I paced back and forth at the front of the house where large windows looked out over the front yard and the mailbox. The mailbox- what had been a symbol of Christmas cards and good news had become my worst enemy. I dreaded the mailman coming bringing bills and more bills, and yet I watched, waited, worried. When the mail truck pulled up to my box, I hid behind the curtains, afraid he would see me and hand deliver bills that said, “FINAL NOTICE”. I imagined him shaking his head in pity me as he saw the stack of bills.
I’ve lived there, deep in the pit, where my prayers were only about my lack. Mortgage payments. Groceries. Presents.
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How do you have a silent night when your mind is full of the need? Of worry? Of the reality of the barrenness of now?
I’m not going to tell you how to shop smarter or spend less (there are plenty of great blogs and books about that). The truth is you cannot shop smarter with nothing. It is not a great deal if you have nothing.
Over ten years ago, we moved to our current home and still owned a home in another city. It sat on the market for a year and a half. We paid two mortgages for that length of time. A few years before that we lost our family owned business. We ate through our savings, our kids college funds and put the rest of our money into a house that the downturn in the market swallowed up. We went from being middle class to on the edge of homeless.
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I don’t share this info often because I don’t enjoy pity parties anymore. I’m not inviting you to one. I do, however, enjoy empathy parties with a healthy dose of encouragement. That is what this book is for. Encouragement. As I said before, I have talked to many adoptive families over the years and all of them have something in common- after the adoption comes the Job syndrome. Sometimes it’s years down the road. Sometimes, just months or days. It can come in different packages, loss of heath for parent or child, loss of finances, behavior issues, trouble attaching,_________(fill in the blank). The Job syndrome is a whole book in itself, I’ll keep it brief your sake, you get the picture, right? (This is redundant.)
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Christmas has needs. It needs us to step outside of our everyday stress and receive it.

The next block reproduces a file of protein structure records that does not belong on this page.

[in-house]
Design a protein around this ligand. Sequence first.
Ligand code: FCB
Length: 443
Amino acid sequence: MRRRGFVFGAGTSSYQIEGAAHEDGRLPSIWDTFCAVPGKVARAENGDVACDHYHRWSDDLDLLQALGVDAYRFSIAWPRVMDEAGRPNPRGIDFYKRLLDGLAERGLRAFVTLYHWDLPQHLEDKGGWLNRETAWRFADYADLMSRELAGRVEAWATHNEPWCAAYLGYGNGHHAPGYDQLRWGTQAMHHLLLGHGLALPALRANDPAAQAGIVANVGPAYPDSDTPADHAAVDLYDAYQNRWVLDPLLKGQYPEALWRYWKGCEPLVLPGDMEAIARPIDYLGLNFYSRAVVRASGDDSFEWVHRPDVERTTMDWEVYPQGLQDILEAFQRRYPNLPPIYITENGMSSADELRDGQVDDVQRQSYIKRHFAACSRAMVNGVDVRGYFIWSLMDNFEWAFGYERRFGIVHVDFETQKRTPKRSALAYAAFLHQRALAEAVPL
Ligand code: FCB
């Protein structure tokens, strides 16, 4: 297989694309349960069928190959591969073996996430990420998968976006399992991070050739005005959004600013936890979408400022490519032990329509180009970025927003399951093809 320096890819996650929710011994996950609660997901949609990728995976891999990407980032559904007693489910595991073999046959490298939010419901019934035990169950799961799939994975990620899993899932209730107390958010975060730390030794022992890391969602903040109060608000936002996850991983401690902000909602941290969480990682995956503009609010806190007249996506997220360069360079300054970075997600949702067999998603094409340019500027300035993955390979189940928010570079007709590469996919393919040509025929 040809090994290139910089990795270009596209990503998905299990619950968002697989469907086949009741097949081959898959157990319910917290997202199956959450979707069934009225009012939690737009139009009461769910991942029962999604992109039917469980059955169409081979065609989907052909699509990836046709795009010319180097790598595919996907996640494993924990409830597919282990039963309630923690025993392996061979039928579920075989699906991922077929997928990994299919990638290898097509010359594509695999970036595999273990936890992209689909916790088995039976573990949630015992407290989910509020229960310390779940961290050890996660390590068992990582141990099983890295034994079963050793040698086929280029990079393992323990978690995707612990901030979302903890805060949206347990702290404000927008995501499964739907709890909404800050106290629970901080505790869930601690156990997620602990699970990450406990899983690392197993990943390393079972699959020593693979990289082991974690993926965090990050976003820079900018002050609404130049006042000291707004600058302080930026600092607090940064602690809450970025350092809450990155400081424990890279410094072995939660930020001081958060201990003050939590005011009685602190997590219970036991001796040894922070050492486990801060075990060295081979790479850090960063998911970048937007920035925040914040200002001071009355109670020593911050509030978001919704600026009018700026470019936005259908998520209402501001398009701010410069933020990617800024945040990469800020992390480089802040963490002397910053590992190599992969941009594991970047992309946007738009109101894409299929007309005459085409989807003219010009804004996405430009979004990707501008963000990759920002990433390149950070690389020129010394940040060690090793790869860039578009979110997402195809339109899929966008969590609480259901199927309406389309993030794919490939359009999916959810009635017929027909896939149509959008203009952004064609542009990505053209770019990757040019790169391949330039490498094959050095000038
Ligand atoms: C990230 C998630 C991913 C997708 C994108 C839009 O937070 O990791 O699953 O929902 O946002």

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That is difficult to do when we are full of worry and the weight of the world on our shoulders. So, how do we accept the gift of Christmas when we cannot buy our children the gifts we want to? Or buy the groceries we need to make the traditional dinner? How do we meet Christ in the morning when we are so weighed down and depressed we cannot get out of bed? How do we celebrate when our children from hard places have had every trigger activated and are out of control?
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1. Accept your now.
You may not be where you want to be financially or physically, just remember a healthy part of getting on the right path is enjoying something in your now that you can remember later. Play games with your kids. Cut out paper snowflakes. Sing Christmas carols. Make gifts. Watch for points of connection and behaviors you want to encourage. Mention them aloud to your children. Before you know it, you will have a pocket full of wonderful memories. The kids won’t remember the lean years as much as they remember the celebration.
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2. Prepare for your future now.
I’m not talking about getting a financial plan. Those are great, but the bottom can fall out of those too. Ask me. I know. I’m talking about your heart. If you believe your child will always struggle or always make things a struggle then it will become reality. Instead, look for pinpricks of light and believe that God is doing a great work in the child that He put in your care. Instead of thinking that your Christmases will always be full of lack and need, focus on the blessings you have. Thank the Father for them. Often. Keep a list or a thankful tree (it doesn’t have to be November to do this). This is heart preparation for the future blessings. It makes things well with your soul.
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3. Rest in HIM.
I can’t say this often enough. I do say it often because the Lord leads me to verses often that hi-light REST. His rest is not the same as ours. It’s not vegging in front of the TV ignoring the issues, it’s digging deep into His word. It’s dialoguing with Him. Tell Him your concerns. Don’t just make requests. When you do, trust Him to supply. He will. The Christmas that was the most lean for us financially, friends of mine gave me gifts for my children that were perfect for them. We didn’t spend lots of money. We didn’t have it. We did celebrate. I bet if you asked my kids if they remember a ‘bad’ Christmas, they would say “NO!”The great thing about the need of Christmas is –
“You don’t have to make Christmas…..You can rest in Christ…..You can breathe easy in Christ.”- Ann Voskamp
Christmas needs us to rest in Christ.
*This is an excerpt from 25 Days of Thriving Through Christmas An Advent Devotional for Adoptive and Foster Parents